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I am trying to update Table B of a database looking like this:

Table A:
id, amount, date, b_id
1,200,6/31/2012,1
2,300,6/31/2012,1
3,400,6/29/2012,2
4,200,6/31/2012,1
5,200,6/31/2012,2
6,200,6/31/2012,1
7,200,6/31/2012,2
8,200,6/31/2012,2

Table B:
id, b_amount, b_date
1,0,0
2,0,0
3,0,0

Now with this query I get all the data I need in one select:

SELECT A.*,B.* FROM A LEFT JOIN B ON B.id=A.b_id WHERE A.b_id>0 GROUP BY B.id

id, amount, date, b_id, id, b_amount, b_date
1,200,6/31/2012,1,1,0,0
3,400,6/29/2012,1,1,0,0

Now, I just want to copy the selected column amount to b_amount and date to b_date

b_amount=amount, b_date=date

resulting in

id, amount, date, b_id, id, b_amount, b_date
1,200,6/31/2012,1,1,200,6/31/2012
3,400,6/29/2012,1,1,400,6/29/2012

I've tried COALESCE() without success. Does someone experienced have a solution for this?

Solution:

Thanks to the guys below, I managed to come up with this. It is probably not the most efficient way but it is fine for a one time only update. This will insert for you the first corresponding entry of each group.

REPLACE INTO A SELECT id, amount, date FROM 
(SELECT  A.id, A.amount, B.id as Bid FROM A INNER JOIN B ON (B.id=A.B_id)
ORDER BY A.id DESC) 
GROUP BY Bid;
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2 Answers 2

up vote 0 down vote accepted

So what you are looking for seems to be a JOIN inside of an UPDATE query. In mySQL you would use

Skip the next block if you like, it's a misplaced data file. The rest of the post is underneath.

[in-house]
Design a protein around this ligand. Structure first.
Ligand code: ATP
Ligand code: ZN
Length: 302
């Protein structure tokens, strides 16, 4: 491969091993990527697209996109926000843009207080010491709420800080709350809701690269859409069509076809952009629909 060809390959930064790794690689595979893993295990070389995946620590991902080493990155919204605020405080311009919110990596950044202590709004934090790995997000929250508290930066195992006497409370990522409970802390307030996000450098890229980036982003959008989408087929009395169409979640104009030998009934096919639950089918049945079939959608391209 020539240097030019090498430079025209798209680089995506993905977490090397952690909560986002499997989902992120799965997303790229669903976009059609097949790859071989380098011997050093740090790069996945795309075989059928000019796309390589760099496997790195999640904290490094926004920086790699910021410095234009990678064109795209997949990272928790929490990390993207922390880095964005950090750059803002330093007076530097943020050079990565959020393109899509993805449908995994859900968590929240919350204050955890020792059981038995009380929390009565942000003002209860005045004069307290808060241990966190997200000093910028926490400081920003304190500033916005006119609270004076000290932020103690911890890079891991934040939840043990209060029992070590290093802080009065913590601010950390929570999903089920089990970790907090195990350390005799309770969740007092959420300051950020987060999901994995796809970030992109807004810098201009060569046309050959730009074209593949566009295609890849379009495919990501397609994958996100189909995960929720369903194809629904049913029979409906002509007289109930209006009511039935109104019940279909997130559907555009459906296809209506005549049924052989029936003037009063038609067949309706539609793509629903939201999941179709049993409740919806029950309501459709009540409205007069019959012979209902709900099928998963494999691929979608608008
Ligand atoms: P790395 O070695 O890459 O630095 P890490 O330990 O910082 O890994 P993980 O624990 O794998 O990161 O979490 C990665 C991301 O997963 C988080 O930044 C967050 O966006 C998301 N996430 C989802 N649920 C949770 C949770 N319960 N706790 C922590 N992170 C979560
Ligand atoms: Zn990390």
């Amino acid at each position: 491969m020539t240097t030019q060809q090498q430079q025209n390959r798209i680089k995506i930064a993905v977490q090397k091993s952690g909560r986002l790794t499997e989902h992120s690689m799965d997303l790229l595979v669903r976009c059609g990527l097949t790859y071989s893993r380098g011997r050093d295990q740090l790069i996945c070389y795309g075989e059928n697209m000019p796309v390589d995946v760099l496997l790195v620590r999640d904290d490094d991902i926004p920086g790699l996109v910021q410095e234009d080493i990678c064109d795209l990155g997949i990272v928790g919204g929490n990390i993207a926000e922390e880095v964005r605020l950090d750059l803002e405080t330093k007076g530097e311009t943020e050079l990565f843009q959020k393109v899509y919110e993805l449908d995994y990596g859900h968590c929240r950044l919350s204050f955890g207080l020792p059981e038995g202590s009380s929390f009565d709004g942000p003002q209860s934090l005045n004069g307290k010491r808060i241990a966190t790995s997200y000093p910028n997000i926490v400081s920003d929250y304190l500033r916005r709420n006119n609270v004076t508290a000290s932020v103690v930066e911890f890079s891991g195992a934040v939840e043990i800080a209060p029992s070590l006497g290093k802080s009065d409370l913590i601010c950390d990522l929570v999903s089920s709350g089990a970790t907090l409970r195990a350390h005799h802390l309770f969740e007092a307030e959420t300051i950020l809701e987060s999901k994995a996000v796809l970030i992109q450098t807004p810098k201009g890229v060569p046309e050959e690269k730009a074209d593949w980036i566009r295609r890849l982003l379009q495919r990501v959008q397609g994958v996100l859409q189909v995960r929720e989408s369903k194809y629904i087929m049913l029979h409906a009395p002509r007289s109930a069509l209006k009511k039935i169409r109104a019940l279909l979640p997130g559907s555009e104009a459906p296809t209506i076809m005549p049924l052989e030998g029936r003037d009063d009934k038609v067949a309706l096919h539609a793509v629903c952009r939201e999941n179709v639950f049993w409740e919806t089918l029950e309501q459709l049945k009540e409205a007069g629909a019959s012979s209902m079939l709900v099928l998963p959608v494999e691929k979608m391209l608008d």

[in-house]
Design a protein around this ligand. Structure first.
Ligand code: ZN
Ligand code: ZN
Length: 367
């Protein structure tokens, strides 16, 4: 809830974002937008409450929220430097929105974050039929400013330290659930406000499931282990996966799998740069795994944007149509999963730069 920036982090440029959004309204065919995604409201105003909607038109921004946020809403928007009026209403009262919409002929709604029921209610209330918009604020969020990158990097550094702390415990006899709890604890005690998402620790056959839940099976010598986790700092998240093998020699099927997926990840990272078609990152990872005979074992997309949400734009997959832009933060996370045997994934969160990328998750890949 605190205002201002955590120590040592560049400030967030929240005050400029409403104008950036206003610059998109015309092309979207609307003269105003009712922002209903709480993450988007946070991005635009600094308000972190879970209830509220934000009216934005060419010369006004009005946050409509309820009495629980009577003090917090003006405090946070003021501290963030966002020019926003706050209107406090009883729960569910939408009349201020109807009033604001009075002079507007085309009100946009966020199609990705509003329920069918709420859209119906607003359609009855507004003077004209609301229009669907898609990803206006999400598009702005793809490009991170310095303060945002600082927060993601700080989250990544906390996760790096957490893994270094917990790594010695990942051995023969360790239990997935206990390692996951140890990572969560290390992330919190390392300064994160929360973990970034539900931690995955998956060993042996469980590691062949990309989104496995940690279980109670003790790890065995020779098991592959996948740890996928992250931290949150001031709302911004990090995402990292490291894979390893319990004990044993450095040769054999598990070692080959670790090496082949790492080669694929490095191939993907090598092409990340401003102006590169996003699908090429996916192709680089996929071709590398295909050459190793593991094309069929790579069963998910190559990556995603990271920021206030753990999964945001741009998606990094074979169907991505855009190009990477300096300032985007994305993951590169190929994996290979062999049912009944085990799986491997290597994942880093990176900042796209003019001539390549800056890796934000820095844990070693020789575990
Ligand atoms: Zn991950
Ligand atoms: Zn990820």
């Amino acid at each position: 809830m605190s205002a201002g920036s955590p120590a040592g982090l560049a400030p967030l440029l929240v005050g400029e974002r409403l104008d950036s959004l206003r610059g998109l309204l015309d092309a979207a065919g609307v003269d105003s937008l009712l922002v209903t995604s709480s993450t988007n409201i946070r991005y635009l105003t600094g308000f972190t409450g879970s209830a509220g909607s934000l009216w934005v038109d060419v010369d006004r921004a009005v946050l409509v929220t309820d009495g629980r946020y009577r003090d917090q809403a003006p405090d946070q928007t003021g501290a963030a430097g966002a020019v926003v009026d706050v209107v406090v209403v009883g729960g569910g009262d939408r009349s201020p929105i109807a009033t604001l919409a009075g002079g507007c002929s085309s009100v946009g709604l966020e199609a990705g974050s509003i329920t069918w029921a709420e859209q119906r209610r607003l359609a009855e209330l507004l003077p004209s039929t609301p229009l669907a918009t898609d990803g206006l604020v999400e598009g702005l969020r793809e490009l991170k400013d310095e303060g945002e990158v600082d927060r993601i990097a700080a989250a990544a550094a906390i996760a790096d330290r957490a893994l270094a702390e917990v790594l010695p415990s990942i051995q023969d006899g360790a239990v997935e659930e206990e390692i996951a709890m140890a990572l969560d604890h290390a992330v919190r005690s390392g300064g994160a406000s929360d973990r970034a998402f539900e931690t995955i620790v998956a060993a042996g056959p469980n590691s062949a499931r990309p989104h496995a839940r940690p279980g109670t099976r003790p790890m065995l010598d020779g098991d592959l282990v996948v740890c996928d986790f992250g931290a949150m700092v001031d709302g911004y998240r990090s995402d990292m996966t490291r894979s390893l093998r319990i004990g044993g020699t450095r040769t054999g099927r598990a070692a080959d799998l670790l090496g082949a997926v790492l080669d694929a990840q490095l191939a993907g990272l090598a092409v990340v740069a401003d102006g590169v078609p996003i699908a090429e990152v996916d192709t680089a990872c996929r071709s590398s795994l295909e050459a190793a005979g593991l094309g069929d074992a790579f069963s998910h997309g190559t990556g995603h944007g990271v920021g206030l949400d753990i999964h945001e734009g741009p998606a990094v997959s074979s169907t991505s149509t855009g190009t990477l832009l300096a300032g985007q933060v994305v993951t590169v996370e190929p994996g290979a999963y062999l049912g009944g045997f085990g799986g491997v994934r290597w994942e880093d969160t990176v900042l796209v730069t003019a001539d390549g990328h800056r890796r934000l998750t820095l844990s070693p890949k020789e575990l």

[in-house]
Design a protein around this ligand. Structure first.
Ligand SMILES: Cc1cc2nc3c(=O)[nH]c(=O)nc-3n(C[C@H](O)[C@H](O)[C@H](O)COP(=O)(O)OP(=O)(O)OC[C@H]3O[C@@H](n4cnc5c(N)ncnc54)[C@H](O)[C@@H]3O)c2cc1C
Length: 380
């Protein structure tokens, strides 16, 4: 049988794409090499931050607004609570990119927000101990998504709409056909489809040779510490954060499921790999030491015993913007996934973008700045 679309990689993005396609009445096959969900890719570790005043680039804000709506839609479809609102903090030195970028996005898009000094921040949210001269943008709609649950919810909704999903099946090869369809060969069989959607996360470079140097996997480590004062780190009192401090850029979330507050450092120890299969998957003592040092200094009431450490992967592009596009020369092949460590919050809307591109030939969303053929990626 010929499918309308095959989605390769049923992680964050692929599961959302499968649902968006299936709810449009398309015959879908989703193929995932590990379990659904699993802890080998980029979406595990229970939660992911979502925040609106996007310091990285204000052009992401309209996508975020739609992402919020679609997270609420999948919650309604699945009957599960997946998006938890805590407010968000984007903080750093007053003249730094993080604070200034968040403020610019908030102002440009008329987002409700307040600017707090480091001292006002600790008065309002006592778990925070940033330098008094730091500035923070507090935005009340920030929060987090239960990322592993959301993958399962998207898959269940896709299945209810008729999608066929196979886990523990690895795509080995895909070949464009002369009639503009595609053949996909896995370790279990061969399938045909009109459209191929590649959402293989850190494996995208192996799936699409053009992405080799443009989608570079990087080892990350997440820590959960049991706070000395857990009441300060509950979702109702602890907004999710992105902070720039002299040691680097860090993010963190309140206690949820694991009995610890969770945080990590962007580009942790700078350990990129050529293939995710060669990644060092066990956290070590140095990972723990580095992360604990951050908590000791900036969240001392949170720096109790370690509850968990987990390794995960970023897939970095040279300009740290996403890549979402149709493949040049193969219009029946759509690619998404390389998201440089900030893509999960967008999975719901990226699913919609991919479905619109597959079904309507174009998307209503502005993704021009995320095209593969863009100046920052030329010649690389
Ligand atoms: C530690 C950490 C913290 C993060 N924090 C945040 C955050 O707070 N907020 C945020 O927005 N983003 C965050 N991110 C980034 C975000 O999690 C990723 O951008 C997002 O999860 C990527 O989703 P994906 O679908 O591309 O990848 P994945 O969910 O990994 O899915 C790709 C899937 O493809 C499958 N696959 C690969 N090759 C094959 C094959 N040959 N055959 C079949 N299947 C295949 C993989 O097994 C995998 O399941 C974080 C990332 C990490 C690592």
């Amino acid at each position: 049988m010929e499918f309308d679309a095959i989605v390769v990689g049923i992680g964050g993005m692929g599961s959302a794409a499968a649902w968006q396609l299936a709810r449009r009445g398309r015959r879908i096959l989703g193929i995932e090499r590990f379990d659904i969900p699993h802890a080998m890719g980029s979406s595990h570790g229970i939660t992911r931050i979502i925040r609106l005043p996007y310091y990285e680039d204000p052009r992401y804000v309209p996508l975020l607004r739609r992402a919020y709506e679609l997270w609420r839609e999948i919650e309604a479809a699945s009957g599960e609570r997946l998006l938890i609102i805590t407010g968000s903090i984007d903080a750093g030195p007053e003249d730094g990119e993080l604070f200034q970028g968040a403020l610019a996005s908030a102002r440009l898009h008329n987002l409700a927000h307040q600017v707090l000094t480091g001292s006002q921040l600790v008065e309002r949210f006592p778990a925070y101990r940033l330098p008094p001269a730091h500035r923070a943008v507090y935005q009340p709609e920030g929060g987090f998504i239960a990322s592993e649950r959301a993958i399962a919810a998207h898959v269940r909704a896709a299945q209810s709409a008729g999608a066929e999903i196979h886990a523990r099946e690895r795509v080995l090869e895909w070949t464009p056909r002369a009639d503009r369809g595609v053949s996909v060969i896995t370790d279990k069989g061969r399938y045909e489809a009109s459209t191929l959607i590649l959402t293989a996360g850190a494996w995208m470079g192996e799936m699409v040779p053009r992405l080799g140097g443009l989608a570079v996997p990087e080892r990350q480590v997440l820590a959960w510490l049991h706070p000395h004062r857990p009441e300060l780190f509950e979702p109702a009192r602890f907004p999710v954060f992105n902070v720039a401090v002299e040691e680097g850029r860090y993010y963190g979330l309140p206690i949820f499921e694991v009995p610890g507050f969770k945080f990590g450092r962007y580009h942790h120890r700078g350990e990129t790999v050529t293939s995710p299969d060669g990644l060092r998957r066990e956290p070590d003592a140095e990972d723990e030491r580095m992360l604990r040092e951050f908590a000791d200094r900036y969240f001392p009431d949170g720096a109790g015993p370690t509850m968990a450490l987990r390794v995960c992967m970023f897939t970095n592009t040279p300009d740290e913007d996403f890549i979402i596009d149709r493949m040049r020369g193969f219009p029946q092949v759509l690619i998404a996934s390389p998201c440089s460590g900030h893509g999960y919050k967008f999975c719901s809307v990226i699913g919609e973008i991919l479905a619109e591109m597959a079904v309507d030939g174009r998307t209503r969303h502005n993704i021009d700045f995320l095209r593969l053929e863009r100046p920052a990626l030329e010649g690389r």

UPDATE B INNER JOIN A ON B.id=A.b_id SET B.amount=A.amount, B.date=A.date;

but this is not supported by sqlite as this probably related question points out. However, there is a workaround using REPLACE:

REPLACE INTO B 
SELECT B.id, A.amount, A.date FROM A 
LEFT JOIN B ON B.id=A.b_id 
WHERE A.b_id>0 GROUP BY B.id;

The query will simply fill in the values of table B for all columns which should keep their state and fill in the values of table A for the copied values. Make sure the order of the columns in the SELECT statement meet your column order of table B and all columns are mentioned or you will loose these field's data. This is probably dangerous for future changes on table B. So keep in mind to change the column order/presence of this query when changing table B.

Something a bit off topic, because you did not ask for that: A.b_id is obviously a foreign key to B.id. It seems you are using the value 0 for the foreign key to express that there is no corresponding entry in B. (Inferred from your SELECT with WHERE A.b_id>0.) You should consider using the null value for that. When you are using INNER JOIN then instead of LEFT JOIN you can drop the WHERE clause entirely. The DBS will then sort out all unsatisfied relations.

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1  
Thank you, this works! One more thing, though: The Group By statement uses the last row corresponding to the query but I need the first. –  Martin Jun 7 '12 at 16:48

WARNING Some RDBMS will return 2 rows as you show above. Others will return the Cartesian product of the rows i.e. A rows times B rows.

One tricky method is to generate SQL that is then executed

SELECT "update B set b.b_amount = ", a.amount, ", b.b_date = ", a.date, 
" where b.id = ", a.b_id
FROM A LEFT JOIN B ON B.id=A.b_id WHERE A.b_id>0 GROUP BY B.id

Now add the batch terminator and execute this SQL. The query result should look like this

 update B set b.b_amount = 200, b.b_date = 6/31/2012 where b.id = 1 

 update B set b.b_amount = 400, b.b_date = 6/29/2012 where b.id = 3 

NOTE: Some RDBMS will handle dates differently. Some require quotes.

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Thank you! I get the columns accordingly but how do you execute appended columns? This does not seem to be the elegant way to go. –  Martin Jun 5 '12 at 10:08

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